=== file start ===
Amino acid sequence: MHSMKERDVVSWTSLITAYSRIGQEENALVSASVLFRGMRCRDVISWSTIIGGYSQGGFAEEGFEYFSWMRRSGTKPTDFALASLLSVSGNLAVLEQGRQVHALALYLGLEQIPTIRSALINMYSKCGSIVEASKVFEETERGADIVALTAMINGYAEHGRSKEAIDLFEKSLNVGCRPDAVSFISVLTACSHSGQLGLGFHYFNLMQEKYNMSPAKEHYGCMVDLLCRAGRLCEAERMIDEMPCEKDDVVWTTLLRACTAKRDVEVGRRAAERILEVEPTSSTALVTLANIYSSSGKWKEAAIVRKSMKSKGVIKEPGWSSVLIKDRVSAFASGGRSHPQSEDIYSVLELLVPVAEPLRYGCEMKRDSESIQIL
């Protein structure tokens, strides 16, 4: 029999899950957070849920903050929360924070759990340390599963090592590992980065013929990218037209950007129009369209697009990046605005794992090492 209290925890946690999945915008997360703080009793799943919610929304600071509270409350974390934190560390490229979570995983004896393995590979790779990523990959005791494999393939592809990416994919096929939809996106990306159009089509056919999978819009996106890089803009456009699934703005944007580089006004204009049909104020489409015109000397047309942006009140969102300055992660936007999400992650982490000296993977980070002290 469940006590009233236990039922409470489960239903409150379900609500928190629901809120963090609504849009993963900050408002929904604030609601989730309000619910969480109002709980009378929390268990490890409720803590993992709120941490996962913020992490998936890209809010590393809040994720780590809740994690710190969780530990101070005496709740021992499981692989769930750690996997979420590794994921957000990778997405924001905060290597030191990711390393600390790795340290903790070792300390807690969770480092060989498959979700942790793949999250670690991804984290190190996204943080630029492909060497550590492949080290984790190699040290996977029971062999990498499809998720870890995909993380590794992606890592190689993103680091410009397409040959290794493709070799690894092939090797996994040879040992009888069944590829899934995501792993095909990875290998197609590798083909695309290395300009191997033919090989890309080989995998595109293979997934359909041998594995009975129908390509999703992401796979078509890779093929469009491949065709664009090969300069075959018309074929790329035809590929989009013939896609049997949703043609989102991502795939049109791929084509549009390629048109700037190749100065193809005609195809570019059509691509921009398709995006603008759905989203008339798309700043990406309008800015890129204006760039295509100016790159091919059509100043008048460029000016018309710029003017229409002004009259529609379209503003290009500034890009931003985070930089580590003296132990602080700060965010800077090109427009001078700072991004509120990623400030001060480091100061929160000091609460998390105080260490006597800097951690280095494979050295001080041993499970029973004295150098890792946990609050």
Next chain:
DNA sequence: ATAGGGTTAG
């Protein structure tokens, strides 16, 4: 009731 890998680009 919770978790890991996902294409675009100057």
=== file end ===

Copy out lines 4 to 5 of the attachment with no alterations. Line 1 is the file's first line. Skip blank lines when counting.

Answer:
DNA sequence: ATAGGGTTAG
């Protein structure tokens, strides 16, 4: 009731 890998680009 919770978790890991996902294409675009100057």